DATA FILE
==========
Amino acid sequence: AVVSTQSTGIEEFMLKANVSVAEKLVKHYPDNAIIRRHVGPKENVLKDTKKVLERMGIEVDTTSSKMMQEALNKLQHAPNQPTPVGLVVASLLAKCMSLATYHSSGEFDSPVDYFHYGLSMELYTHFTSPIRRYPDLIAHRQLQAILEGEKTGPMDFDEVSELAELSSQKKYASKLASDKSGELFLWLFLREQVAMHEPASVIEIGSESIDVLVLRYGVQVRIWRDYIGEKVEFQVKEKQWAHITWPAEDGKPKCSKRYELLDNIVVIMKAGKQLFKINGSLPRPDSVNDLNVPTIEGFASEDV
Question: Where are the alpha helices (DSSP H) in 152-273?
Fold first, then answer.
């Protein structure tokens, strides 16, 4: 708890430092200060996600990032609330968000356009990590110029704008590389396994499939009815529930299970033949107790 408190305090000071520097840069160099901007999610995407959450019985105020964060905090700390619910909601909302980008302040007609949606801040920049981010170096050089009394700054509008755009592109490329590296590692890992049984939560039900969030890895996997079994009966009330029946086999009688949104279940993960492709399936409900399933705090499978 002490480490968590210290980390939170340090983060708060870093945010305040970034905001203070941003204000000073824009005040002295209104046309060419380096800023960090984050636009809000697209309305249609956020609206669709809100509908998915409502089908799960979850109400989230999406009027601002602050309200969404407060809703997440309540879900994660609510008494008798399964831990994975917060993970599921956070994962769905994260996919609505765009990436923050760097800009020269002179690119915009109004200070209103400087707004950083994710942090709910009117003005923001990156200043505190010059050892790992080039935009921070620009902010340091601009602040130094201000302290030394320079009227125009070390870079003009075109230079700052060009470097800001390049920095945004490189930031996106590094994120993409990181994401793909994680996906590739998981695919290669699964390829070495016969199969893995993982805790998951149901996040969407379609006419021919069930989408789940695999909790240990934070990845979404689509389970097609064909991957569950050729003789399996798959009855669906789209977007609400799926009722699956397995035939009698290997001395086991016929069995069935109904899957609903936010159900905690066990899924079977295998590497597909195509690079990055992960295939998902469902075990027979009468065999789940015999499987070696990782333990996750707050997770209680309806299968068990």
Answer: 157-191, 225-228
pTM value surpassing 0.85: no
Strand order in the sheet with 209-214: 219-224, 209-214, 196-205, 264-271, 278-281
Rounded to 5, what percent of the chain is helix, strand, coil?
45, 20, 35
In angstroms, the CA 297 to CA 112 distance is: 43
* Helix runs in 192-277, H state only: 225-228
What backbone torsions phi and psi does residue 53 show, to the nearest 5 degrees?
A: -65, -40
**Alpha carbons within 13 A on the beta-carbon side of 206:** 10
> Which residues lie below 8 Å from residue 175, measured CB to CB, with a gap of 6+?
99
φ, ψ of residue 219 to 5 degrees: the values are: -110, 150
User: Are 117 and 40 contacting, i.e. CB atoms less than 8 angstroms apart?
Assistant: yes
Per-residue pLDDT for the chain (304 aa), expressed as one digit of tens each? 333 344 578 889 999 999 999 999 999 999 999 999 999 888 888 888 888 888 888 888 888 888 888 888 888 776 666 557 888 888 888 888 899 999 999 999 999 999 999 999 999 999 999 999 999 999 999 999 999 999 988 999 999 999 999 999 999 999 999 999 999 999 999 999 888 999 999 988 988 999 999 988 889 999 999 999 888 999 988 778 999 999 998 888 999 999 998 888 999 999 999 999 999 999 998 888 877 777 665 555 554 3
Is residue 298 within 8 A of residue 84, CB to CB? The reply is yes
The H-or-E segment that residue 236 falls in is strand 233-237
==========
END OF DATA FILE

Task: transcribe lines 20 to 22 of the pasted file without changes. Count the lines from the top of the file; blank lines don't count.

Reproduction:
Per-residue pLDDT for the chain (304 aa), expressed as one digit of tens each? 333 344 578 889 999 999 999 999 999 999 999 999 999 888 888 888 888 888 888 888 888 888 888 888 888 776 666 557 888 888 888 888 899 999 999 999 999 999 999 999 999 999 999 999 999 999 999 999 999 999 988 999 999 999 999 999 999 999 999 999 999 999 999 999 888 999 999 988 988 999 999 988 889 999 999 999 888 999 988 778 999 999 998 888 999 999 998 888 999 999 999 999 999 999 998 888 877 777 665 555 554 3
Is residue 298 within 8 A of residue 84, CB to CB? The reply is yes
The H-or-E segment that residue 236 falls in is strand 233-237